Government must deal firmly with raging impunity

As the battle against corruption finally seems to have taken off, an even more sinister monster must be tamed to bring Kenya back on track. This is the monster of impunity, the conviction that one can do whatever they want to do and damn the consequences. What will you do anyway?

A few examples will illustrate this.

Students at Chalbi Boys High School in Marsabit decided they were unhappy with certain teachers. They organised a pogrom, stormed the staff room and beat the non-local teachers thoroughly. Nine students have been arrested. Even more shocking is the arrest of the school’s deputy principal, which suggests that the assault was planned by the school administration.

In another incident, trucks moving Kenya’s crude oil to Mombasa from Turkana were blockaded by residents who broke into the Ngamia 8 oil fields. That stalemate persisted for almost two weeks , as Government officials wringed their hands and agonised.

The “blockade” was later lifted after  “negotiations” with the blockaders. The message is loud and clear— if you are unhappy about anything, or just want to be a nuisance, take the law into your hands. Nothing will happen to you, and you can keep up whatever protest you want irrespective of the cost to others  and the country.

Kenyans vividly remember a case in which a prominent personality was thoroughly beaten up at a city hotel by goons in the full glare of the cameras. They did not care whether anybody recognised them or not.

It  took police forever to arrest the goons. And when after huge public outcry some people were arrested, one of the suspects, a politician, started invoking political schemes against him. This is how a sense of entitlement has become grounded into the country, and people are now acting with complete impunity. Nobody fears anything anymore. They don’t even fear being arrested. People know how to manipulate the system to get themselves freed or any court case to “disappear.”

In two of the most heart-rending cases of impunity in recent days, a student was thrown out of a moving matatu on  Thika Road by touts. She died immediately. The type of mindset that would tell a person to push the other out of a moving vehicle to certain death, is one that knows absolutely nothing can happen to them. There can be no other explanation.

A similar case was the notorious one where a matatu hit a private motorist’s vehicle on Kamiti Road. The matatu touts then came out and assaulted him with crude weapons. The innocent motorist died soon after.

It took public outrage for the authorities to do anything about it, and even then, it was not until almost a week later that the two culprits were arrested and charged in court. This is the kind of official lethargy that is the bedrock of impunity.

And these are just the cases that come to the public limelight. Myriad other cases are go unreported, and therefore, affording the culprits absolute shielding from accounting for their actions. What has gone wrong?

First is that political expediency has been exploited by many to do bad things. When something happens, politicians from the area are quick to justify the actions by the culprits, defend them, or even bail them out. This has emboldended people to act as they want, knowing they have a bulwark in case things go wrong.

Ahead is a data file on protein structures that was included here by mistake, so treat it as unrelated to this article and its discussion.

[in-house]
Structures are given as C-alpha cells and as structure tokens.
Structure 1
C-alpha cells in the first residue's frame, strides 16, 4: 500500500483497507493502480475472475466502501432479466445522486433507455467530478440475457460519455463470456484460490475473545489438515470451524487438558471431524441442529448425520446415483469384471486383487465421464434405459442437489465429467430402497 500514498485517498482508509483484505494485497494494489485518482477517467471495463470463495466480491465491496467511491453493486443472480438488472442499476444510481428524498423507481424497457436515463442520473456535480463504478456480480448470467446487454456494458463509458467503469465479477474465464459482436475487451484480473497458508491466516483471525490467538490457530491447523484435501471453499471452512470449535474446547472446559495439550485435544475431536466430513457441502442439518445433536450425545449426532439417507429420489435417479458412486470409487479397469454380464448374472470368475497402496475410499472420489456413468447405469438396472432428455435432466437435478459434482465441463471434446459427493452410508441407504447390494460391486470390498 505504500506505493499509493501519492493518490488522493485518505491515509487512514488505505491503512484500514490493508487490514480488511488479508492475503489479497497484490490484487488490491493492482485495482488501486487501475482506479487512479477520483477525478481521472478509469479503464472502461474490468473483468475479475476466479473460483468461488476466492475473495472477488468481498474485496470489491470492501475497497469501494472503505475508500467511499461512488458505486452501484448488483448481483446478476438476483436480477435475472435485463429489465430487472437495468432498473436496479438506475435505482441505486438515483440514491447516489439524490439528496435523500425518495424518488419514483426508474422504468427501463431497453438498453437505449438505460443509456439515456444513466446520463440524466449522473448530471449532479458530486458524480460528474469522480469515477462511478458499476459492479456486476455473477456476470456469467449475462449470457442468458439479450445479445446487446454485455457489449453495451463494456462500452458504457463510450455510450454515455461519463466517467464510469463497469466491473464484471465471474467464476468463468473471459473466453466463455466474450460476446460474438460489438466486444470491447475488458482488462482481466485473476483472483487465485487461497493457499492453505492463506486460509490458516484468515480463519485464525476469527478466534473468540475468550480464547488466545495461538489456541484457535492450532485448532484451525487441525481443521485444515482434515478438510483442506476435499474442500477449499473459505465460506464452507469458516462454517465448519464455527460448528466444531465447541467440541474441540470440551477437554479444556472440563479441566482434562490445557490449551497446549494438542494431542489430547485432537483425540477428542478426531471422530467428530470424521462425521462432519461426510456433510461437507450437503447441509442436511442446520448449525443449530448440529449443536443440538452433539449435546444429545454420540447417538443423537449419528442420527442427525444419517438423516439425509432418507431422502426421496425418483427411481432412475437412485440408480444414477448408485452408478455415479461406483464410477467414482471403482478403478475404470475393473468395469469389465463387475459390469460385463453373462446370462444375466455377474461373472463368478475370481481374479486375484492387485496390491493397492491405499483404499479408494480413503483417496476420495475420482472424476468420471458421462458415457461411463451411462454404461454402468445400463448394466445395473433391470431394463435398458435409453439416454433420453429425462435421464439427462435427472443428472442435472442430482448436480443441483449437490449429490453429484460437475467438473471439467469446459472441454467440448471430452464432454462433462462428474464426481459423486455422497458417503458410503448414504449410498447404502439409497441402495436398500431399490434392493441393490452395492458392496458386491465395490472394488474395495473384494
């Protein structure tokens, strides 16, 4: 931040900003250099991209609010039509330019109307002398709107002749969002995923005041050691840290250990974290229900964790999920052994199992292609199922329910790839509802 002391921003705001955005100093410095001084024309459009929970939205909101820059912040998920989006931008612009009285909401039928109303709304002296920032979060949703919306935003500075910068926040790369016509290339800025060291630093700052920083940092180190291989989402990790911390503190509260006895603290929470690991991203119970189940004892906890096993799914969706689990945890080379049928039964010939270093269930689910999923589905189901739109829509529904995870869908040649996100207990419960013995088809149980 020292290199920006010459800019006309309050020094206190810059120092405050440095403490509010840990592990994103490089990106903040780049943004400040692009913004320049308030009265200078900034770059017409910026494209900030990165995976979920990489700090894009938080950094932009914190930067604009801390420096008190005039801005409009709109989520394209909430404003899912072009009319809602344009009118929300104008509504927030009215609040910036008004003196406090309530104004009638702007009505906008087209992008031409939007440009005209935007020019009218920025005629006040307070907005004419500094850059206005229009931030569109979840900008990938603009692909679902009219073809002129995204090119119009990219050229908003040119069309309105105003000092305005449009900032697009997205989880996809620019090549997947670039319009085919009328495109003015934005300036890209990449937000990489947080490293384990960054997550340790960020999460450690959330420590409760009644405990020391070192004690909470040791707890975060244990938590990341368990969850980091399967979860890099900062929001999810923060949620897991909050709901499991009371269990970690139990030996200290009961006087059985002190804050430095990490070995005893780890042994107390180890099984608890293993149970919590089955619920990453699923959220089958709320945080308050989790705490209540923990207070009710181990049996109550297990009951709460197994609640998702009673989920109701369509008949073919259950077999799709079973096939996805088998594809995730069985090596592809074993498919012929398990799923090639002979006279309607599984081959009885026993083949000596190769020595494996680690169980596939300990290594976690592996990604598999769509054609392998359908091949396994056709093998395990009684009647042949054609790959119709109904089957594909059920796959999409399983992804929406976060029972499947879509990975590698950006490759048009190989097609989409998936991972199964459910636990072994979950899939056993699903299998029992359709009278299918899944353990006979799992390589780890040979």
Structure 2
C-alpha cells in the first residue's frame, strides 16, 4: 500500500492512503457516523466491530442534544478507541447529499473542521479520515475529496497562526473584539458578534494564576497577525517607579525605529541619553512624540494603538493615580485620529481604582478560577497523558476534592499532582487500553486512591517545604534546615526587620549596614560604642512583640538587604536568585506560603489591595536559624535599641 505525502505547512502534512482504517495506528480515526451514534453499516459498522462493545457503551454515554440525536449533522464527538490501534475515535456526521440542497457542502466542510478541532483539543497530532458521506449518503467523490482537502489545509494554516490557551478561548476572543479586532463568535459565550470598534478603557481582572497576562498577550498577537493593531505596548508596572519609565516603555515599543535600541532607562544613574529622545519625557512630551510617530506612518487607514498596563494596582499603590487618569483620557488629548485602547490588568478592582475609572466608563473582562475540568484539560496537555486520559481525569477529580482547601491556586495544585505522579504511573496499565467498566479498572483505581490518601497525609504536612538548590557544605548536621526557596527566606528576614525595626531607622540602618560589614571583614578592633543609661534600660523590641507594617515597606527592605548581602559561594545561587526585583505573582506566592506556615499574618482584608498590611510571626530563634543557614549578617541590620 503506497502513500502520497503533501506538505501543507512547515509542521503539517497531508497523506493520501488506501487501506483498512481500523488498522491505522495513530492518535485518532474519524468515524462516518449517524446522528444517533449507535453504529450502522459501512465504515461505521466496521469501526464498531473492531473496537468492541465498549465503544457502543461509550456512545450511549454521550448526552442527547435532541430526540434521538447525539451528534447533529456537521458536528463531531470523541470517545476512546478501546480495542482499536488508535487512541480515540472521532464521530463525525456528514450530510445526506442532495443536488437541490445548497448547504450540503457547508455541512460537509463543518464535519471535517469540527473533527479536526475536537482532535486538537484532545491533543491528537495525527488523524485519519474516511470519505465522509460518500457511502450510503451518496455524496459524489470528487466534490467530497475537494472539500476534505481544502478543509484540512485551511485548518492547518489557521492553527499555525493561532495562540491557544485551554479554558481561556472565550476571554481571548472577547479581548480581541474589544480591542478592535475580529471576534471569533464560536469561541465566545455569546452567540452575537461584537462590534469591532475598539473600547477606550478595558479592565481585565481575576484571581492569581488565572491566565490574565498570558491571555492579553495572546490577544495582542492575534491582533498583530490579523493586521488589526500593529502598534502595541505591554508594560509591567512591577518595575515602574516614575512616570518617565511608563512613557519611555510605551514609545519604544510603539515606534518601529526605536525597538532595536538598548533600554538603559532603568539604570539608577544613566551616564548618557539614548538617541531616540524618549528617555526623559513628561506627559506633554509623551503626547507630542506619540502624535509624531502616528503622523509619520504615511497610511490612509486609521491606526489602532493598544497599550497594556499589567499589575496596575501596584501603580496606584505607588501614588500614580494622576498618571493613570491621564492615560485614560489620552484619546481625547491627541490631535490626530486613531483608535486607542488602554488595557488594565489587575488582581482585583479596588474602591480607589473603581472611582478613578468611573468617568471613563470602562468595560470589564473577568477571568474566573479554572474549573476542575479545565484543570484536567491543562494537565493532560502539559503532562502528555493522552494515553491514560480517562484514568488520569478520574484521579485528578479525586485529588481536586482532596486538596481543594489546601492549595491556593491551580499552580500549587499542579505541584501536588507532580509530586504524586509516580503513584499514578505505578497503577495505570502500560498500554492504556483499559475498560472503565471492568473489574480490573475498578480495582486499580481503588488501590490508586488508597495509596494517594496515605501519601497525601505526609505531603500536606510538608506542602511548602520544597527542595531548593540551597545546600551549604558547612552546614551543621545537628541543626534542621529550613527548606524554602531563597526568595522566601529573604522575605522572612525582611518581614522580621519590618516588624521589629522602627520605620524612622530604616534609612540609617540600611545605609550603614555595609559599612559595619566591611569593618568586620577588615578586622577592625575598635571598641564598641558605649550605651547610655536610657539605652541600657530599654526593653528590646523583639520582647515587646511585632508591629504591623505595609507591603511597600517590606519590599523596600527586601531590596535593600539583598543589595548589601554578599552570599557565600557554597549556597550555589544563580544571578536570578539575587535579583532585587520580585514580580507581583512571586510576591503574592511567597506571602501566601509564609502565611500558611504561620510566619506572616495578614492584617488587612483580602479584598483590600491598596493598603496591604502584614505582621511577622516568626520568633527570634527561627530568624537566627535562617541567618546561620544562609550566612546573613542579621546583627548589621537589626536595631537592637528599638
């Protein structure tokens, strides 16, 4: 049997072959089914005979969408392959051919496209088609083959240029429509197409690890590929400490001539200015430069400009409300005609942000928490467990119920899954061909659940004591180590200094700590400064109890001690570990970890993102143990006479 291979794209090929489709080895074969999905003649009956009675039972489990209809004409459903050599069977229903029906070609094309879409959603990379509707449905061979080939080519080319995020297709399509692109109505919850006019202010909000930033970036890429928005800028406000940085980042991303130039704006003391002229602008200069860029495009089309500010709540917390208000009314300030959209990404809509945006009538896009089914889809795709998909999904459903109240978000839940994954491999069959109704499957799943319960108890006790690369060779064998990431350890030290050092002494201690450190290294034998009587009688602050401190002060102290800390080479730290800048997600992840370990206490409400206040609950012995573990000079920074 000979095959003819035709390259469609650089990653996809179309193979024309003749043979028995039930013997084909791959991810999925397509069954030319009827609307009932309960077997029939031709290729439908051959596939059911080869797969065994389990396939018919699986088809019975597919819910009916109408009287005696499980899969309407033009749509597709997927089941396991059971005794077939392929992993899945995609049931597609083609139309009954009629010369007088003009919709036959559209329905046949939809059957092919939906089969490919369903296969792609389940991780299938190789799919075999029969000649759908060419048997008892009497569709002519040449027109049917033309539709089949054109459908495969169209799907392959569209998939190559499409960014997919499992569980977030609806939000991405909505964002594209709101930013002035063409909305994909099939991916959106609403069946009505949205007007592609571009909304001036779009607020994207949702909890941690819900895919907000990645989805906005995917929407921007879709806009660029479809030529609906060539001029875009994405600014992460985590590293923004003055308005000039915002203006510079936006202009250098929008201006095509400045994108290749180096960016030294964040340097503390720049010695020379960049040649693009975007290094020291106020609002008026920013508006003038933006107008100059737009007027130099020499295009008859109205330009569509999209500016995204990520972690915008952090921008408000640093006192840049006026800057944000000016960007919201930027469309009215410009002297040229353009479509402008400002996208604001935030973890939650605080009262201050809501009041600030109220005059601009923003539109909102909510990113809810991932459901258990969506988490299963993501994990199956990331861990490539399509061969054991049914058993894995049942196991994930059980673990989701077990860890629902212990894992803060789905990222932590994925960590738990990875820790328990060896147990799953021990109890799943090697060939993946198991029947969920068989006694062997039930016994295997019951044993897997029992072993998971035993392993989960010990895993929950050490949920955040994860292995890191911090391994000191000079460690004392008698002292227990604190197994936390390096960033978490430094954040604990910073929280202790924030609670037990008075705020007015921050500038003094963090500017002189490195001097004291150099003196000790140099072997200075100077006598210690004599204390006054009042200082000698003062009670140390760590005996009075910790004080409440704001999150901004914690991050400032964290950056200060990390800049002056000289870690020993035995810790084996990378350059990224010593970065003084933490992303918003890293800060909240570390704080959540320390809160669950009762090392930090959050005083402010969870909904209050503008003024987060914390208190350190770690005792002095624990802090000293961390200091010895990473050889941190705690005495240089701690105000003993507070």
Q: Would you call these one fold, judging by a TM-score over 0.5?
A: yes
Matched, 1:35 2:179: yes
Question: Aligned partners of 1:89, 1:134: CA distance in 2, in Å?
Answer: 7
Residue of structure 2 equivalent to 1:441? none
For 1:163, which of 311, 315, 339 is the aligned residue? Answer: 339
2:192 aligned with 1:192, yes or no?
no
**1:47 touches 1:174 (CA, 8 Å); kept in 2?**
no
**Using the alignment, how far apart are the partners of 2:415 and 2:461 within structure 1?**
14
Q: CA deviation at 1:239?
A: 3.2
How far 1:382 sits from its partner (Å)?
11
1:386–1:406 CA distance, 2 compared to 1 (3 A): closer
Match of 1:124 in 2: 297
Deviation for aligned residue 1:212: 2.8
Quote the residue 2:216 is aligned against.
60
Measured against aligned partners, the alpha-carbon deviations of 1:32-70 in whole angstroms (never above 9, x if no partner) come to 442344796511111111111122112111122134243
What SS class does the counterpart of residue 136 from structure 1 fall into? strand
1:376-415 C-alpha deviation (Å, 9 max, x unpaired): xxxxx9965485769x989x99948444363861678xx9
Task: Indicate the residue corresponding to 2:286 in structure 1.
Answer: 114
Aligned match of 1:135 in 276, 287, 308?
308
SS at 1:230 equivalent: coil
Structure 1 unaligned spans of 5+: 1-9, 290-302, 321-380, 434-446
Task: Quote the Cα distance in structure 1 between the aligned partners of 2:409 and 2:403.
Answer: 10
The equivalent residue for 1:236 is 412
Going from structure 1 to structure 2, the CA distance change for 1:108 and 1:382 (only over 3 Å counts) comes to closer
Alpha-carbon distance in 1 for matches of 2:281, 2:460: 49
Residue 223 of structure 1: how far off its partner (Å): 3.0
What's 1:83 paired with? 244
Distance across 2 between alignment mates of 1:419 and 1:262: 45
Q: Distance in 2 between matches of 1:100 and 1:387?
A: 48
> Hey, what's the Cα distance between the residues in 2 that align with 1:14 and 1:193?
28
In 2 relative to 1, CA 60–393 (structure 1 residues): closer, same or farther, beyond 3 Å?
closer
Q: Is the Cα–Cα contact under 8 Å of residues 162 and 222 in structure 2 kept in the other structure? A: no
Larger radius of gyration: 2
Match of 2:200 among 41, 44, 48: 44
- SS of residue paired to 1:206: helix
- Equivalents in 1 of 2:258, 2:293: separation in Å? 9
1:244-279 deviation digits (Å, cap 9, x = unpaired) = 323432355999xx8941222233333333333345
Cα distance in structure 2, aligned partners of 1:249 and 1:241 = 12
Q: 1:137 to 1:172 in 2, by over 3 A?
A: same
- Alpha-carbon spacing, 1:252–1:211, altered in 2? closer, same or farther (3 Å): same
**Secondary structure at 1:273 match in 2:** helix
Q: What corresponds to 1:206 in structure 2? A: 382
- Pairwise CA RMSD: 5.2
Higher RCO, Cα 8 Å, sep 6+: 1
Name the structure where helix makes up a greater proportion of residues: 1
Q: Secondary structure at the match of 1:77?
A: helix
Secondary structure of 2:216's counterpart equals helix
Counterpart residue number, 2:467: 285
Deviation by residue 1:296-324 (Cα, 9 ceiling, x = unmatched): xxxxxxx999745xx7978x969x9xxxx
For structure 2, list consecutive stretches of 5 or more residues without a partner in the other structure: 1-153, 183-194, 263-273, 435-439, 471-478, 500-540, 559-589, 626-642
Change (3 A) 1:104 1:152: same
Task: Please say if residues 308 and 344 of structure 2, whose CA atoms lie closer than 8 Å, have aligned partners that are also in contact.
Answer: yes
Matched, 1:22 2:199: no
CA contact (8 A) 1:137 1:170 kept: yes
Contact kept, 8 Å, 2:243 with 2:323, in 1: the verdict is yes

War on graft

Corruption in the police has been a major driver of impunity. Culprits have been able to bribe their way to ensure they are either not arrested, or even if arrested, are released soon after etc.

All these machinations mean that people know they will not be brought to account. How else do you explain suspects who are well known and are in the country “disappearing” for almost a week even as the police are “leaving no stone unturned” looking for them.

In Kenya, if the police want you, you will not last the night before they get you.

Judicial indulgence, which has seen culprits get away with slaps on their wrists for very serious offences. Others manage to get their cases extended indefinitely, until it finally becomes like a chronic disease which they have to manage in their lives as they await an opportune moment to get the file to “disappear.” Their lives go on. Speedy trials, convictions and heavy penalties are needed to deter others. Every act of impunity is a poison to the country. It poisons the environment even further by empowering those who might have been hesitating because they were afraid of the consequences.

Further, the country now has a coterie of “impunity brokers” who know how to manipulate the system to get away with crimes.The authorities need to make people know and believe that if you commit a crime, you will pay for it. Runaway impunity will make Kenya completely lawless.

The Director of Public Prosecutions (DPP), Noordin Haji, even as he battles corruption, must now put the spotlight on impunity as an area of special focus. He must face this ogre frontally, recognise it for what it is, articulate it, and expose it.

After all, impunity is part of the shield that the corrupt have used in Kenya over the years. A body blow to impunity will do wonders to the battle against corruption.

There’s a new quartet in town, comprising Haji, Attorney General, Paul Kihara, Director of Criminal Investigations (DCI), George Kinoti, and Director of National Intelligence Service (NIS), Maj Gen Philip Kameru, who are moving things in a completely different direction to change the course of the country. Impunity is one ball they need to put in play.

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